After you have mastered the early Basics of Surfing – Part 2
In the last article, the importance of the correct jump up, paddling, correct trim and riding the wave further were covered. In this article, we are going to discuss the eskimo roll or roll, sitting on the board, turning the board while waiting for a wave and paddling for the wave.
When a surfer is paddling to get out the back, the impact zone will need to be negotiated. On all boards but especially for long boards, the eskimo roll is the preferred method. This is a technique where the surfer holds onto the rails of their board in line with about their chest and then holding firmly rolls so the board is upside down with the fin pointing toward the sky and the surfer submerged under the water under the board. As the wave goes past, especially if it is a bigger or more powerful wave the surfer can be shaken around a little bit. Once the wave has gone past, the surfer then rights the board turning it back over the correct way and then gets back on. It is a good idea, again, more important when the waves are bigger or more powerful, to paddle strongly in towards the wave so the board has good momentum. The board must stay perpendicular to the oncoming wave and the surfer should roll timing it so that they finish the roll at about the same time or just a short fraction of time before impacting with the wave. If the board is at an angle to the wave, the board and surfer can be tossed backwards as the surface area being hit by the wave is greater. If the roll occurs too early then any speed that the surfer has generated to impact the wave with is dissipated or if too late the surfer can be thrown backwards, a similar result to not rolling perpendicular to the wave. This same technique can also be used for short board riders but the more common practice with a shortboard is to duck dive under the wave. We will talk about this is in later articles. When the wave is only small though, a surfer can simply push upon their board to paddle over the wave while they are paddling to get out the back.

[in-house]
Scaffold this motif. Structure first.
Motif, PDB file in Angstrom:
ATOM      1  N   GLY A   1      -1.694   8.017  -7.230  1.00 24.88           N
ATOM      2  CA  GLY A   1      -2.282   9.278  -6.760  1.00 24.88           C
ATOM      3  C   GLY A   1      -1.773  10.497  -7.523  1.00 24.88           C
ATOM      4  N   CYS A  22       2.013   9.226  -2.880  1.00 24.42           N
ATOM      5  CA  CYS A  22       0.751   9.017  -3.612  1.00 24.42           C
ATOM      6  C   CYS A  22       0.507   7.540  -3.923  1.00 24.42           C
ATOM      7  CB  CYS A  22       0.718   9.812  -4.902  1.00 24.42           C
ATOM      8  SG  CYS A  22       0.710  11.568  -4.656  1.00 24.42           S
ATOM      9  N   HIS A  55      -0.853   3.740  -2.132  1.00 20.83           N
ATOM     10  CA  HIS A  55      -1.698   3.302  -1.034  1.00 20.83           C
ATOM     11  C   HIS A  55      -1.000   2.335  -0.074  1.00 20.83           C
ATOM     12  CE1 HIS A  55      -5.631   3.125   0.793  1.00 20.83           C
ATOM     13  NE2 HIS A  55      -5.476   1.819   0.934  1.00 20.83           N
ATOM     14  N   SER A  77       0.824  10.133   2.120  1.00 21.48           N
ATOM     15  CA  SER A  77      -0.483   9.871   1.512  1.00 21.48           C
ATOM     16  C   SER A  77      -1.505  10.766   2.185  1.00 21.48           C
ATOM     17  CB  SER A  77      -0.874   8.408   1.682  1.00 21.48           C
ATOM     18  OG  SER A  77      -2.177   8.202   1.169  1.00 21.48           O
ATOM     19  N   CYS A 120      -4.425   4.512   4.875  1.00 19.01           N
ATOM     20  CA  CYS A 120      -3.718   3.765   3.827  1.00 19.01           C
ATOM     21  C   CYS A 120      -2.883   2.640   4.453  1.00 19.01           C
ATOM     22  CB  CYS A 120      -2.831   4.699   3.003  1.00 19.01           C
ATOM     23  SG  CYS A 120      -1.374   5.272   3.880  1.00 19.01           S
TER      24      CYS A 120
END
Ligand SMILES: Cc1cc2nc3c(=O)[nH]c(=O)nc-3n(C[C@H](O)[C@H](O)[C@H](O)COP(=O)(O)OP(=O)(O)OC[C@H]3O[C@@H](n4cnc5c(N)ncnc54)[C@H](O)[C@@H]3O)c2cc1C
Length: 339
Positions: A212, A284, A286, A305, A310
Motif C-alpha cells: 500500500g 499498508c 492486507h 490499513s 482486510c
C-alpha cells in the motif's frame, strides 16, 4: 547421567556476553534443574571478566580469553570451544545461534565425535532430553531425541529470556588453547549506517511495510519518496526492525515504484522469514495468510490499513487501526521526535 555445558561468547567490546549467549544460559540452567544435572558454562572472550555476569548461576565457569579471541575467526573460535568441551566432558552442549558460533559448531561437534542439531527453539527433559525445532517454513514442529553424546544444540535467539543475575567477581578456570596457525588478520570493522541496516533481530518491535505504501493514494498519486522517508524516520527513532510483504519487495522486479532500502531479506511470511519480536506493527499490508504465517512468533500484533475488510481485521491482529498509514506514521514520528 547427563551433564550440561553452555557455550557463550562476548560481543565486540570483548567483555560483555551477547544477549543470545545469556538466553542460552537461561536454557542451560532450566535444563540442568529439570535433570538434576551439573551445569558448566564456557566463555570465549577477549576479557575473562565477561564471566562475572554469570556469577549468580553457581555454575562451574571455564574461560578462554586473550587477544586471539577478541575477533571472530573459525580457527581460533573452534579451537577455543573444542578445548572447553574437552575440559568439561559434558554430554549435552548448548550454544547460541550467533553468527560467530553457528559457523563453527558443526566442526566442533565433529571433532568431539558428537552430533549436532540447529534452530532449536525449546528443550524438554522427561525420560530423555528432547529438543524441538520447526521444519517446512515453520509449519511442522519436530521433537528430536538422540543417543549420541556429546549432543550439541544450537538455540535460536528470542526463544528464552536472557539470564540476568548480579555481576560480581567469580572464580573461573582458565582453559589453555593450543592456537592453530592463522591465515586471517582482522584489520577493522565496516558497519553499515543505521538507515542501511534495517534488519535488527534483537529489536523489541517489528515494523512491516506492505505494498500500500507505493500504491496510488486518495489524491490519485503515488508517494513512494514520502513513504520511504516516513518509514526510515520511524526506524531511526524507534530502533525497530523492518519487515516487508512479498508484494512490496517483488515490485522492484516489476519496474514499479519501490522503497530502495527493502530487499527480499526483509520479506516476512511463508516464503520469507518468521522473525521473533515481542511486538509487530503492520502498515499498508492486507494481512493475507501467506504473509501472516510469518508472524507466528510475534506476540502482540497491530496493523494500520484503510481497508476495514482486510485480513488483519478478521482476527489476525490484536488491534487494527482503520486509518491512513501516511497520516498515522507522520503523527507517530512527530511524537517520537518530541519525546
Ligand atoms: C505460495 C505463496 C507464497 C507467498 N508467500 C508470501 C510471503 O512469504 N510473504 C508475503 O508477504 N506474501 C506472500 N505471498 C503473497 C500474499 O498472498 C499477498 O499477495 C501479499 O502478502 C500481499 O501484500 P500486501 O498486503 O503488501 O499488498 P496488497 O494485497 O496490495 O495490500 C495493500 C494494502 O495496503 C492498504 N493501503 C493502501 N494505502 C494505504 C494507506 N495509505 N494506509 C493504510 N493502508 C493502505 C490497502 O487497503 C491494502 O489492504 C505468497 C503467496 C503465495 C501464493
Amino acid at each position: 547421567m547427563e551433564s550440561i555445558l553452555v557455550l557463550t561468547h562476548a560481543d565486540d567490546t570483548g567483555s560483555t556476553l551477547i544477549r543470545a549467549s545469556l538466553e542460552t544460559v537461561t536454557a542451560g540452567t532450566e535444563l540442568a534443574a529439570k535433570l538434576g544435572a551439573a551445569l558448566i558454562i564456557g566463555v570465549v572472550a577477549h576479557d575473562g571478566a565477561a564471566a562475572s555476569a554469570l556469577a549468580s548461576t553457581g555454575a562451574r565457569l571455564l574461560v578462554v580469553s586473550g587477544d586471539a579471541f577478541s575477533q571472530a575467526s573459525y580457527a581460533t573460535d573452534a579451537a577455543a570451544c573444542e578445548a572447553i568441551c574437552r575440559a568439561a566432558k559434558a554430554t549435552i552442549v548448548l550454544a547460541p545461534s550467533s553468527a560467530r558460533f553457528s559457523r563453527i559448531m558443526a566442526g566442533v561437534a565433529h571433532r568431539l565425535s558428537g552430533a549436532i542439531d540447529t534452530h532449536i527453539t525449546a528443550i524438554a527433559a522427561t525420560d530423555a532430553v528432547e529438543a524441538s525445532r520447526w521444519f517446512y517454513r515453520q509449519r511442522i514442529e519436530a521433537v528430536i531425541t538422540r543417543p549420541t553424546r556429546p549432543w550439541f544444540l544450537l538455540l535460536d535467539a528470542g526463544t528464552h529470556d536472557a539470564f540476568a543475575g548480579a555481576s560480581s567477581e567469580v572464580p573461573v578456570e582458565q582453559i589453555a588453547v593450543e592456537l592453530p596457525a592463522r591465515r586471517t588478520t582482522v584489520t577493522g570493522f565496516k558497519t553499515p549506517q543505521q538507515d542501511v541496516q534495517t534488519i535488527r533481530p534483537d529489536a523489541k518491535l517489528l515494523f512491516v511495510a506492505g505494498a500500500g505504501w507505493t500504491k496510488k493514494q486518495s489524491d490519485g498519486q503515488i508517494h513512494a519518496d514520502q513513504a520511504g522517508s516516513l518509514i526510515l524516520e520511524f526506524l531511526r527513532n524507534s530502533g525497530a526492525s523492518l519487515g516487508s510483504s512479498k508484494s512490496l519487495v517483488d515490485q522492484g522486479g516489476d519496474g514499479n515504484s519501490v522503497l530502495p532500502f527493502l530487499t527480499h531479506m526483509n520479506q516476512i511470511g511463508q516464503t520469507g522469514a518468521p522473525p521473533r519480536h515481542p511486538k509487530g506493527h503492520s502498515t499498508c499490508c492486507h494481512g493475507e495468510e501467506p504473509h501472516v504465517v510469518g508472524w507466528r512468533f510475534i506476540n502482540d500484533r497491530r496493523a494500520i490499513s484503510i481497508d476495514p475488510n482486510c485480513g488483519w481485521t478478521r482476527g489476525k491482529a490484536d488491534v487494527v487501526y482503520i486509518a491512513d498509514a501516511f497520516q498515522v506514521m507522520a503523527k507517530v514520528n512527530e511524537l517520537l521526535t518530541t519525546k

Once out the back and when waiting for a wave, it is common practice for surfers to sit on their board. This is generally more comfortable for people but it also allows the surfer to sit a bit higher in the water and therefore it can be easier to see the waves coming through from out the back.
To sit on the board is very simple. The surfer puts their hands at the bottom of their chest, like they are about to do a push up, begin a push up type movement but rather than keep their toes on the back of the board, they let their legs slide down each side of the board so they are sitting on and straddling the board.
There are a number of methods to turn the board while sitting up. The most efficient and fastest way to turn is to use a combination of rotating feet in the water in big circles under water, holding the board with one hand (the hand in the direction of turn so if turning right it should be the right hand holding the board) and using the other hand for paddling. This can be further improved and made a faster turn by sitting back on the board so the nose of the board is out of the water and the surfer leans back a little bit, uses legs and hands to get the board turning and then lays back down to begin paddling. This rocking lean back, lie down technique helps turn the board faster but also starts having the board moving forward with forward momentum before a paddling stroke ia even taken. This technique though requires much practice to perfect.